April 18, 2009 (LBO)- During the three decades beginning from 1978, Sri Lanka had recorded on average an annual inflation rate of slightly over 11 percent. During the same period, its annual average economic growth rate amounted to 5 percent.
These two macroeconomic numbers have prompted many to argue that inflation does not matter since, despite the two digit inflation, a comfortable economic growth rate has been maintained by the country. This argument, at an extreme level, is extended to even scoff at price stability as a goal of the society. If the economy could grow at 5 percent and the real per capita income can grow closer to 4 percent per annum, why worry about inflation?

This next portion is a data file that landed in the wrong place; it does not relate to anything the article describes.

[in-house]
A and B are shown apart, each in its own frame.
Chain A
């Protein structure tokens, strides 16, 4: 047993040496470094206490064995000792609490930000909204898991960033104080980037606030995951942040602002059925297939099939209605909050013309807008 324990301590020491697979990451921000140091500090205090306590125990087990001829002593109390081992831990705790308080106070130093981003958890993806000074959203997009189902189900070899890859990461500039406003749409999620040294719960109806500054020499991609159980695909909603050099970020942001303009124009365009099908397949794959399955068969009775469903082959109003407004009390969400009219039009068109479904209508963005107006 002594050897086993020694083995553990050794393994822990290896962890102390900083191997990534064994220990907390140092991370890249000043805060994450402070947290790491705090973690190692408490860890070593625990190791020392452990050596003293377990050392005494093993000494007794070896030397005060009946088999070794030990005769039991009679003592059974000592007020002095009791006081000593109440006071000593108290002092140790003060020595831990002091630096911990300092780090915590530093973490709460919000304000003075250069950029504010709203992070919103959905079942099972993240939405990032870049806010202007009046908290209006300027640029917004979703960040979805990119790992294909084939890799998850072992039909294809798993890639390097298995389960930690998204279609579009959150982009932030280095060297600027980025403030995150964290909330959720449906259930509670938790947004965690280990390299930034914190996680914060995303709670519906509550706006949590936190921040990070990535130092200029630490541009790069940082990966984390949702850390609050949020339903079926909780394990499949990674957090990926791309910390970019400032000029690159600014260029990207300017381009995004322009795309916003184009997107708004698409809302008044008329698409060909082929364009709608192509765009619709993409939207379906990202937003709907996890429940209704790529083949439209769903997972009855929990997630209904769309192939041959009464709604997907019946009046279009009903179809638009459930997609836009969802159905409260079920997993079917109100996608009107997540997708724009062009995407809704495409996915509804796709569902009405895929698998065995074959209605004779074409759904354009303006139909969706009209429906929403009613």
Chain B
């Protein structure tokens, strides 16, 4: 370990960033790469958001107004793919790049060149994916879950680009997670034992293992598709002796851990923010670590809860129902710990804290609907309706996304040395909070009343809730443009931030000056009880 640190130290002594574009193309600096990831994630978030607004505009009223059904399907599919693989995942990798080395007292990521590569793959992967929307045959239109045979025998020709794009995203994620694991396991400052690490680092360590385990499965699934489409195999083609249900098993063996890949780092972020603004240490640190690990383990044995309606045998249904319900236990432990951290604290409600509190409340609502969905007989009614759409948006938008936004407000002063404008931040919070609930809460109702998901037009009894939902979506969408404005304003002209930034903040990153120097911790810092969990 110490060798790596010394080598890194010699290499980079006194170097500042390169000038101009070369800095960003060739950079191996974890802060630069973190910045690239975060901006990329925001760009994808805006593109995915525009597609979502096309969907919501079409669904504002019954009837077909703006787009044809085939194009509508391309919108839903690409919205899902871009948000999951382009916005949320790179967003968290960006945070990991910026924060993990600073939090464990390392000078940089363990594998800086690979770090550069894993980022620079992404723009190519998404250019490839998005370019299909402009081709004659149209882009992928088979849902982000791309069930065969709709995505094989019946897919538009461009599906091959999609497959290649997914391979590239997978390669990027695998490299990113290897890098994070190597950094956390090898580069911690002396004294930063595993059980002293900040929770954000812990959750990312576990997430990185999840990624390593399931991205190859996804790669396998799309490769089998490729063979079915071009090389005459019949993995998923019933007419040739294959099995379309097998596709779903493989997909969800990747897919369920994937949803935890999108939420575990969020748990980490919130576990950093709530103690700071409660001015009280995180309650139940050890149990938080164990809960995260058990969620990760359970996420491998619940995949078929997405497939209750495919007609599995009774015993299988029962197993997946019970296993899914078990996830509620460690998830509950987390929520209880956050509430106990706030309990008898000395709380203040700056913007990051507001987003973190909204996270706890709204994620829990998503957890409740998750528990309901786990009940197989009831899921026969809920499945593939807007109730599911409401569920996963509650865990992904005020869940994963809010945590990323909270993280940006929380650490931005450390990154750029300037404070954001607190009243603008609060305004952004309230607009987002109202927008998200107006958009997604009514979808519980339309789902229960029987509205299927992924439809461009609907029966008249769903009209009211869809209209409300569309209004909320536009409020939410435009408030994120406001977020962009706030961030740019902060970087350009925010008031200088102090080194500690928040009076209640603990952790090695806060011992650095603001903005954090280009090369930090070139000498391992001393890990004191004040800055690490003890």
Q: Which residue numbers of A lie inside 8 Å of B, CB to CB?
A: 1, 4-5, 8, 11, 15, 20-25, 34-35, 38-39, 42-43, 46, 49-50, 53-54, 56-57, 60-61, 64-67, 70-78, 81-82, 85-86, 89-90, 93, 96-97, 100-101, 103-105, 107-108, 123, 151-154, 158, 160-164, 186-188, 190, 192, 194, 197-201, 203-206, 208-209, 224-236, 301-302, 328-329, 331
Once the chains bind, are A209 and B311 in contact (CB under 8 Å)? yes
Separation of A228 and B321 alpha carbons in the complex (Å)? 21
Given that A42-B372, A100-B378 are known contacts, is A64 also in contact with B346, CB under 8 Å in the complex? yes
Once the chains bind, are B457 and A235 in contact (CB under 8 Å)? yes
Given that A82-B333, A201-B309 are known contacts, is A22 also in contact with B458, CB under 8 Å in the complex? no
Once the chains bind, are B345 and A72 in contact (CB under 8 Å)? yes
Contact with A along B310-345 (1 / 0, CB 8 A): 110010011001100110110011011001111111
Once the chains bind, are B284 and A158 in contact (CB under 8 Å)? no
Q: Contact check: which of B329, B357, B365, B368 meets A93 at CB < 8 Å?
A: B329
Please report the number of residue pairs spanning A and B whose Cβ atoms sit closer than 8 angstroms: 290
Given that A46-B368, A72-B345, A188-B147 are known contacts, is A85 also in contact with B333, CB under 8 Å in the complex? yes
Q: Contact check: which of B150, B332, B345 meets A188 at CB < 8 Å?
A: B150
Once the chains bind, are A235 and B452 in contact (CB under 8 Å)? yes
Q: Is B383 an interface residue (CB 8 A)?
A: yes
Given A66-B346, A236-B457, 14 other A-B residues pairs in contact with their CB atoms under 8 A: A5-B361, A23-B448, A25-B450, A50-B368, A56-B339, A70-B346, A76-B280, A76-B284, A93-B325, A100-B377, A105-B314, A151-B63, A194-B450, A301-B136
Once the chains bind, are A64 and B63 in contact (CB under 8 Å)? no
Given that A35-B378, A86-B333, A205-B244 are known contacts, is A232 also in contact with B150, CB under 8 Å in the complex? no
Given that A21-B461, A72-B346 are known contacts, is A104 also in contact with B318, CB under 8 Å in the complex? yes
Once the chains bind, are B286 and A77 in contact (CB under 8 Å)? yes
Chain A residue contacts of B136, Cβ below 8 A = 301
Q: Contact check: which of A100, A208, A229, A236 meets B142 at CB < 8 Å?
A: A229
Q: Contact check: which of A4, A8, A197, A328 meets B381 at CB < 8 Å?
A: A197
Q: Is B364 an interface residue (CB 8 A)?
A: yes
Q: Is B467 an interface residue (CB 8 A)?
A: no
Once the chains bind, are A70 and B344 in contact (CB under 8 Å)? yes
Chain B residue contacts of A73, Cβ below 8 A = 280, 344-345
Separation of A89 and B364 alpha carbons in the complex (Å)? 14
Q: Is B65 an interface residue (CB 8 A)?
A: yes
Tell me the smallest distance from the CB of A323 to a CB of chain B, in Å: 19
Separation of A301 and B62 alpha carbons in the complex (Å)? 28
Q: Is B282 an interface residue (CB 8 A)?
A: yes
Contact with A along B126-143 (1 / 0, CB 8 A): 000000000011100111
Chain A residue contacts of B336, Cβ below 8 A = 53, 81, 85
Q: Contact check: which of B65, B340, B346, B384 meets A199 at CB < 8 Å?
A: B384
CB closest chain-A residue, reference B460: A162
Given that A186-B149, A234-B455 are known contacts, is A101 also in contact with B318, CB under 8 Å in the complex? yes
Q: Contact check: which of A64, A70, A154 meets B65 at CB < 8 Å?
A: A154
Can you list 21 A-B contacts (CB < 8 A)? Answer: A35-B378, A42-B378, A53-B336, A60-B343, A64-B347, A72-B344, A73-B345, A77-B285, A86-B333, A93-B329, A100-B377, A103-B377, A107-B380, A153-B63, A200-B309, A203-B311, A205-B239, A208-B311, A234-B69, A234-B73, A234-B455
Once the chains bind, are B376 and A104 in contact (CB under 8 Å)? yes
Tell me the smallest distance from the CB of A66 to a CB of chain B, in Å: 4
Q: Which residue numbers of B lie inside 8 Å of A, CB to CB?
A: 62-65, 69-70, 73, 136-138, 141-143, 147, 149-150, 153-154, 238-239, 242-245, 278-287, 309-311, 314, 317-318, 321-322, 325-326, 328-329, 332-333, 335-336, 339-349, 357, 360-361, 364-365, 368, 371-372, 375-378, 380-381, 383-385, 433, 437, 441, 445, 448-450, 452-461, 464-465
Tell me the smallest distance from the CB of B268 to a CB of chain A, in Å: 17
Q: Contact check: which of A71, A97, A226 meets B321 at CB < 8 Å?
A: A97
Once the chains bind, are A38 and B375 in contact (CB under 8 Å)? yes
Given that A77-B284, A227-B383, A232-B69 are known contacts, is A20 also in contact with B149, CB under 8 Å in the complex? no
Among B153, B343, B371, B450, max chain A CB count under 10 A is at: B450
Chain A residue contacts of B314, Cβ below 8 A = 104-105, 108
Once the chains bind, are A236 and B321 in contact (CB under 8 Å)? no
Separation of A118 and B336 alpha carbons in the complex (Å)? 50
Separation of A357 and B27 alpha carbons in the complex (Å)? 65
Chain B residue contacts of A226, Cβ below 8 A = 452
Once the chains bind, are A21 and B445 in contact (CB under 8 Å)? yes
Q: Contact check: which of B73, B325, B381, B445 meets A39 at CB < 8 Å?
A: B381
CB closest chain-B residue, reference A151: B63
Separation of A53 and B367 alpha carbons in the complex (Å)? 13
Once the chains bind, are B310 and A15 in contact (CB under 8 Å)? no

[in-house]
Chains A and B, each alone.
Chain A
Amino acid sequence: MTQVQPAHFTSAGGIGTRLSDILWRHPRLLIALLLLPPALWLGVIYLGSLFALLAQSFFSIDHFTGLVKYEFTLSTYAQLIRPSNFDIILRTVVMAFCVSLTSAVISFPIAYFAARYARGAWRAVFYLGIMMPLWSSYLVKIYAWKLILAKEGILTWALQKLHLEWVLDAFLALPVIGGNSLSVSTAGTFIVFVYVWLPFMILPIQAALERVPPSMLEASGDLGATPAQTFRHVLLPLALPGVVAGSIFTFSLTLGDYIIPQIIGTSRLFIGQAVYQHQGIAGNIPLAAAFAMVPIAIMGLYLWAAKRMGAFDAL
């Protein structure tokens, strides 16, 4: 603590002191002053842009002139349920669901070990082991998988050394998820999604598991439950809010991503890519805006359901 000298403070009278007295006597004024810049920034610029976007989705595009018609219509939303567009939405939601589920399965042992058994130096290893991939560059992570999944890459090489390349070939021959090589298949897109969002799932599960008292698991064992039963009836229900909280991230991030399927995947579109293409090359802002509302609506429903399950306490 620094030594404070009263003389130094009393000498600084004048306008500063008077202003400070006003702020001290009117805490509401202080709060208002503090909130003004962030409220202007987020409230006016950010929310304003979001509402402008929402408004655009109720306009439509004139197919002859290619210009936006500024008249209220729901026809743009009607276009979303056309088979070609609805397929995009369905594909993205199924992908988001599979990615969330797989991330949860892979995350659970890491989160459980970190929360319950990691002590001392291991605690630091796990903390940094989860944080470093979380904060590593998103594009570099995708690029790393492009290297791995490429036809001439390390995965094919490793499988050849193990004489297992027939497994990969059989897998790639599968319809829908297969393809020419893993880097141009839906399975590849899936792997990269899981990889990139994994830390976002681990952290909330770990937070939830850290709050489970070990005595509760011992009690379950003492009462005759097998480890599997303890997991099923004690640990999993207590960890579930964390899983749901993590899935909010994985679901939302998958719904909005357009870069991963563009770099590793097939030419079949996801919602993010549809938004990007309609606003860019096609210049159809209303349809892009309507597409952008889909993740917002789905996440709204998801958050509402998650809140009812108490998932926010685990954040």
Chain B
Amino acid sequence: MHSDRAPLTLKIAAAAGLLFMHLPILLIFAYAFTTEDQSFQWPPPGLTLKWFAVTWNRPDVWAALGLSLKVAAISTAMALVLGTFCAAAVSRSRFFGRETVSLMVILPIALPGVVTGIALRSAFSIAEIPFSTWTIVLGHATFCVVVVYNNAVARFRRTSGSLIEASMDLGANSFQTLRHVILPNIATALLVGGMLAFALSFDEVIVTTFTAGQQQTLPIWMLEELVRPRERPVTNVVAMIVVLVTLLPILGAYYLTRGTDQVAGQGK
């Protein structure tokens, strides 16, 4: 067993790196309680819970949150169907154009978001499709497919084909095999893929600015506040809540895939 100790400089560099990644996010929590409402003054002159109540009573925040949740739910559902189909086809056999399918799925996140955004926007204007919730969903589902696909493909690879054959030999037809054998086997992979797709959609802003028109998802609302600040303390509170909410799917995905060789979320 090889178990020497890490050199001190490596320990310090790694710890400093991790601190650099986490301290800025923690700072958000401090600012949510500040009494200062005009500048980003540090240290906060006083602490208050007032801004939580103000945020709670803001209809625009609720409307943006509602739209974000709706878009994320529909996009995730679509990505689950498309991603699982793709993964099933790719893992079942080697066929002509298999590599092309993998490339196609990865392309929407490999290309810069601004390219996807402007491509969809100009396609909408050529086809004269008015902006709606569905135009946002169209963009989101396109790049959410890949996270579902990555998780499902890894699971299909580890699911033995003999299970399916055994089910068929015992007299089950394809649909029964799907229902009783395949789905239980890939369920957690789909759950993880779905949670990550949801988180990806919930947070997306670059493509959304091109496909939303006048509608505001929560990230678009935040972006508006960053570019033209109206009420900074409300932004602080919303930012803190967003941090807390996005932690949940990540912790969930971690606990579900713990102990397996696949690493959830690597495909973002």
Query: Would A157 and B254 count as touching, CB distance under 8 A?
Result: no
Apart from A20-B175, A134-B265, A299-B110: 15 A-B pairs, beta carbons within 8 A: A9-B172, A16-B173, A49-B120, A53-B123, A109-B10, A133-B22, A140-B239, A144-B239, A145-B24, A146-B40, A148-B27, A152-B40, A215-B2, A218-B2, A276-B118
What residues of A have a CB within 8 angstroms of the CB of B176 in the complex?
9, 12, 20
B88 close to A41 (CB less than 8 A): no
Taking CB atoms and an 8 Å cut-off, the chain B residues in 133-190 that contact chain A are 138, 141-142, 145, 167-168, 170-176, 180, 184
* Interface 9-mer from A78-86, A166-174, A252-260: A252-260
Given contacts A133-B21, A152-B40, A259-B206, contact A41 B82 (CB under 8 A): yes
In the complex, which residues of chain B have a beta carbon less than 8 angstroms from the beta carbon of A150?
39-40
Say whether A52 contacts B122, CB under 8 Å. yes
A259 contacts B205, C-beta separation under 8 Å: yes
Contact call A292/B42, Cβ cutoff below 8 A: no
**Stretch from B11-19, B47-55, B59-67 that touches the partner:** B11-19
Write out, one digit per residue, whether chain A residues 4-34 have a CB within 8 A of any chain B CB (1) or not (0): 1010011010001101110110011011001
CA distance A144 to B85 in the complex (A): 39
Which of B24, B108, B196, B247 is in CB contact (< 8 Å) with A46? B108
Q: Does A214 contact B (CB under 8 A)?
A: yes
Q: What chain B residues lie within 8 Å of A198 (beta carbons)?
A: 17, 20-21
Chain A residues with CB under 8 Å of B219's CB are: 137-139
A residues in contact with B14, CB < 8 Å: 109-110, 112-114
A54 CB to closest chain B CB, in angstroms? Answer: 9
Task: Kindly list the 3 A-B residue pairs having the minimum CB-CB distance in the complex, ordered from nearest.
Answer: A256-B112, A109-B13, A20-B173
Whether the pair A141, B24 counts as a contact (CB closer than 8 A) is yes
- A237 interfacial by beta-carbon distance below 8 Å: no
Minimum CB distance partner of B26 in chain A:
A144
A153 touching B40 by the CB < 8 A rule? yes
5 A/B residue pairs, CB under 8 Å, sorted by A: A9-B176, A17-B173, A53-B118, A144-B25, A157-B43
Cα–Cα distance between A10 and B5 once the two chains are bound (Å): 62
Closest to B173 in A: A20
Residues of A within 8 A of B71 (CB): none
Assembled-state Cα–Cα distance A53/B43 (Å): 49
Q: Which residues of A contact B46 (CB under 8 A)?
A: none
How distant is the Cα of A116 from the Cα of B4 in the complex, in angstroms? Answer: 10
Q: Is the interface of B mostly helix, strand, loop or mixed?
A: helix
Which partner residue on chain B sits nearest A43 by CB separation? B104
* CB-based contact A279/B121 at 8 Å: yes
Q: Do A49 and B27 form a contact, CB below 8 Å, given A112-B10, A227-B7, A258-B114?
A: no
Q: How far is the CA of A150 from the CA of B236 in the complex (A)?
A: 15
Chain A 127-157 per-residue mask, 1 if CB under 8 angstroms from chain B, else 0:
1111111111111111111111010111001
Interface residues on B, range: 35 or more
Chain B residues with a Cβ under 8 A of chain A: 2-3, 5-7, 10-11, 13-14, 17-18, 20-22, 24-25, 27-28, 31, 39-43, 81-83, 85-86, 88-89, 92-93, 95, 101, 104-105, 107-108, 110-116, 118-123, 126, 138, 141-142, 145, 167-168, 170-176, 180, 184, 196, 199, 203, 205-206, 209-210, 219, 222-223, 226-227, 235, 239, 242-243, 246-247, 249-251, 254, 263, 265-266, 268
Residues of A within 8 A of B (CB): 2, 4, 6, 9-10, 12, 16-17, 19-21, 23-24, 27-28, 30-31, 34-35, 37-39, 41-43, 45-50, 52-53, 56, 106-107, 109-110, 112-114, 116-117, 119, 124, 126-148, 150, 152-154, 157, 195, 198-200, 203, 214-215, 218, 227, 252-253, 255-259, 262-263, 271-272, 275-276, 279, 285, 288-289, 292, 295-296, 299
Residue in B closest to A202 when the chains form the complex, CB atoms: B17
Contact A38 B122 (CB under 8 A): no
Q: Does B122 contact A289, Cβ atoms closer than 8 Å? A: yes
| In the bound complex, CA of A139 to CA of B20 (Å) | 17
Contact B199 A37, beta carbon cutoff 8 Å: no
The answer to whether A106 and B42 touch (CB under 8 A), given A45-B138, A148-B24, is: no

Why not inflate the economy, the easiest way to generate financial resources for investment in a resource scarce economy, and raise wealth and well being of the people? Some have extended this argument even further that for a developing country, price stability should not be an appropriate policy goal and governments should mobilise resources through inflation.
This easy-to-fix-the-economy-strategy has won favour with politicians, bureaucrats and top level policy makers. The result has been a tendency to use bank credit liberally and maintain economic a